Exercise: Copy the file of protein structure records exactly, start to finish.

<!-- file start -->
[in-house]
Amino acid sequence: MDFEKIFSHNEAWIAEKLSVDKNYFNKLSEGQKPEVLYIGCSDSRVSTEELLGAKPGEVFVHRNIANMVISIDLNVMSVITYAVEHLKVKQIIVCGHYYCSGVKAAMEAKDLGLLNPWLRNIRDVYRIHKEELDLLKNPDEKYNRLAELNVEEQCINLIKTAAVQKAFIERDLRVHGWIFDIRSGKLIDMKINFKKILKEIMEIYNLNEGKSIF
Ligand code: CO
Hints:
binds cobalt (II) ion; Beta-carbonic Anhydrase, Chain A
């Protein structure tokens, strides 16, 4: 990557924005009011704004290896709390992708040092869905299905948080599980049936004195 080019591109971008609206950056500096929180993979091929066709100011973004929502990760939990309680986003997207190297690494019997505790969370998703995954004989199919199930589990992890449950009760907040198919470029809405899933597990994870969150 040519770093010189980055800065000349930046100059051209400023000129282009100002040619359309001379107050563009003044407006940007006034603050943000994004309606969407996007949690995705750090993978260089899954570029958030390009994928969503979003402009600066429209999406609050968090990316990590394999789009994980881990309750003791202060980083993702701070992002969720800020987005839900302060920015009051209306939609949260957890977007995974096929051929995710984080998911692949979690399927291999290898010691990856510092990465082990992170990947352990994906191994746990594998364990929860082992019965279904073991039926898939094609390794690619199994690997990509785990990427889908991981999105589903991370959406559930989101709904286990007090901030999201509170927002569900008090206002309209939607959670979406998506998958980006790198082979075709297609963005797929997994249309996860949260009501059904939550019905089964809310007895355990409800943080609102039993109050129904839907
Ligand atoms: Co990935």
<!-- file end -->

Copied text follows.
[in-house]
Amino acid sequence: MDFEKIFSHNEAWIAEKLSVDKNYFNKLSEGQKPEVLYIGCSDSRVSTEELLGAKPGEVFVHRNIANMVISIDLNVMSVITYAVEHLKVKQIIVCGHYYCSGVKAAMEAKDLGLLNPWLRNIRDVYRIHKEELDLLKNPDEKYNRLAELNVEEQCINLIKTAAVQKAFIERDLRVHGWIFDIRSGKLIDMKINFKKILKEIMEIYNLNEGKSIF
Ligand code: CO
Hints:
binds cobalt (II) ion; Beta-carbonic Anhydrase, Chain A
């Protein structure tokens, strides 16, 4: 990557924005009011704004290896709390992708040092869905299905948080599980049936004195 080019591109971008609206950056500096929180993979091929066709100011973004929502990760939990309680986003997207190297690494019997505790969370998703995954004989199919199930589990992890449950009760907040198919470029809405899933597990994870969150 040519770093010189980055800065000349930046100059051209400023000129282009100002040619359309001379107050563009003044407006940007006034603050943000994004309606969407996007949690995705750090993978260089899954570029958030390009994928969503979003402009600066429209999406609050968090990316990590394999789009994980881990309750003791202060980083993702701070992002969720800020987005839900302060920015009051209306939609949260957890977007995974096929051929995710984080998911692949979690399927291999290898010691990856510092990465082990992170990947352990994906191994746990594998364990929860082992019965279904073991039926898939094609390794690619199994690997990509785990990427889908991981999105589903991370959406559930989101709904286990007090901030999201509170927002569900008090206002309209939607959670979406998506998958980006790198082979075709297609963005797929997994249309996860949260009501059904939550019905089964809310007895355990409800943080609102039993109050129904839907
Ligand atoms: Co990935």